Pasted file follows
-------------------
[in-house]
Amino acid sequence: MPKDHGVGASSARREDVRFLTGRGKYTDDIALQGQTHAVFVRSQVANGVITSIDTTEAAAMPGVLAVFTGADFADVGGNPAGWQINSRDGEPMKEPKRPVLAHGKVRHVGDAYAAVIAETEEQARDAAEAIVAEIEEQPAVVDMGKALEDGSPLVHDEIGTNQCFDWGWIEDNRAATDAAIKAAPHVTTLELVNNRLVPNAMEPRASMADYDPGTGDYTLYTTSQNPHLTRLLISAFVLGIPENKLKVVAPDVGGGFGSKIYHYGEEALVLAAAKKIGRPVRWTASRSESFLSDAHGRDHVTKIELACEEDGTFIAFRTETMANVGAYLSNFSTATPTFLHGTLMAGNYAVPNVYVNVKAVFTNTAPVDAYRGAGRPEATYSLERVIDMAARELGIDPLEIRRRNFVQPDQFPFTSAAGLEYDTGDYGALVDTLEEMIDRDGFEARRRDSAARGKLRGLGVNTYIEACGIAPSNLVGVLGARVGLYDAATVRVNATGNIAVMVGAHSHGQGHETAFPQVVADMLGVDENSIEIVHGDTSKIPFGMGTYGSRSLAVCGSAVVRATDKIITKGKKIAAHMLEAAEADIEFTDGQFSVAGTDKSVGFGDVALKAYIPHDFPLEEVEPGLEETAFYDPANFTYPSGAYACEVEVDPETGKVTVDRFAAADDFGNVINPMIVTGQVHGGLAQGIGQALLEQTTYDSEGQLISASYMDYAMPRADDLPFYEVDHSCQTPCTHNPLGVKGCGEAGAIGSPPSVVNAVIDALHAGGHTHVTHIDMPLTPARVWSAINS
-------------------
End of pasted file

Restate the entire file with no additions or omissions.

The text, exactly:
[in-house]
Amino acid sequence: MPKDHGVGASSARREDVRFLTGRGKYTDDIALQGQTHAVFVRSQVANGVITSIDTTEAAAMPGVLAVFTGADFADVGGNPAGWQINSRDGEPMKEPKRPVLAHGKVRHVGDAYAAVIAETEEQARDAAEAIVAEIEEQPAVVDMGKALEDGSPLVHDEIGTNQCFDWGWIEDNRAATDAAIKAAPHVTTLELVNNRLVPNAMEPRASMADYDPGTGDYTLYTTSQNPHLTRLLISAFVLGIPENKLKVVAPDVGGGFGSKIYHYGEEALVLAAAKKIGRPVRWTASRSESFLSDAHGRDHVTKIELACEEDGTFIAFRTETMANVGAYLSNFSTATPTFLHGTLMAGNYAVPNVYVNVKAVFTNTAPVDAYRGAGRPEATYSLERVIDMAARELGIDPLEIRRRNFVQPDQFPFTSAAGLEYDTGDYGALVDTLEEMIDRDGFEARRRDSAARGKLRGLGVNTYIEACGIAPSNLVGVLGARVGLYDAATVRVNATGNIAVMVGAHSHGQGHETAFPQVVADMLGVDENSIEIVHGDTSKIPFGMGTYGSRSLAVCGSAVVRATDKIITKGKKIAAHMLEAAEADIEFTDGQFSVAGTDKSVGFGDVALKAYIPHDFPLEEVEPGLEETAFYDPANFTYPSGAYACEVEVDPETGKVTVDRFAAADDFGNVINPMIVTGQVHGGLAQGIGQALLEQTTYDSEGQLISASYMDYAMPRADDLPFYEVDHSCQTPCTHNPLGVKGCGEAGAIGSPPSVVNAVIDALHAGGHTHVTHIDMPLTPARVWSAINS